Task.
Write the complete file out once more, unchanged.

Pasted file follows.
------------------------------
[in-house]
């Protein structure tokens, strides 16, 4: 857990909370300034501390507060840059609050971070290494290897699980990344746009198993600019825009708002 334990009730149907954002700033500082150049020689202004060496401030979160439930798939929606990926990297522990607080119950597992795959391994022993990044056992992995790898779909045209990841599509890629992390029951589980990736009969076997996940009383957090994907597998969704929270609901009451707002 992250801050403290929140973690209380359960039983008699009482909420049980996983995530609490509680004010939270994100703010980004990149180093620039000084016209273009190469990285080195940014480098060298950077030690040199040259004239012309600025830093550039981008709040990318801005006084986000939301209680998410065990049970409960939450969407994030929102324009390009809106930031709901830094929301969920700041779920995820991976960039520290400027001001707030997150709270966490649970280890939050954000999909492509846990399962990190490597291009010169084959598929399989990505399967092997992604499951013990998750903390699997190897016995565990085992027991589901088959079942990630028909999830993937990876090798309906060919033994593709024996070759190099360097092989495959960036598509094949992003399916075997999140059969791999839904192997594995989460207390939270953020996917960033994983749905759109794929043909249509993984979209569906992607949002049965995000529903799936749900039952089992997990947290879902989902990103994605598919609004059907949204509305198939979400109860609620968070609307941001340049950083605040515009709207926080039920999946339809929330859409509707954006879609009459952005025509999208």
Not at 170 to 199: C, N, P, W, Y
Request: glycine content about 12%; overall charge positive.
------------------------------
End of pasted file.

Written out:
[in-house]
């Protein structure tokens, strides 16, 4: 857990909370300034501390507060840059609050971070290494290897699980990344746009198993600019825009708002 334990009730149907954002700033500082150049020689202004060496401030979160439930798939929606990926990297522990607080119950597992795959391994022993990044056992992995790898779909045209990841599509890629992390029951589980990736009969076997996940009383957090994907597998969704929270609901009451707002 992250801050403290929140973690209380359960039983008699009482909420049980996983995530609490509680004010939270994100703010980004990149180093620039000084016209273009190469990285080195940014480098060298950077030690040199040259004239012309600025830093550039981008709040990318801005006084986000939301209680998410065990049970409960939450969407994030929102324009390009809106930031709901830094929301969920700041779920995820991976960039520290400027001001707030997150709270966490649970280890939050954000999909492509846990399962990190490597291009010169084959598929399989990505399967092997992604499951013990998750903390699997190897016995565990085992027991589901088959079942990630028909999830993937990876090798309906060919033994593709024996070759190099360097092989495959960036598509094949992003399916075997999140059969791999839904192997594995989460207390939270953020996917960033994983749905759109794929043909249509993984979209569906992607949002049965995000529903799936749900039952089992997990947290879902989902990103994605598919609004059907949204509305198939979400109860609620968070609307941001340049950083605040515009709207926080039920999946339809929330859409509707954006879609009459952005025509999208």
Not at 170 to 199: C, N, P, W, Y
Request: glycine content about 12%; overall charge positive.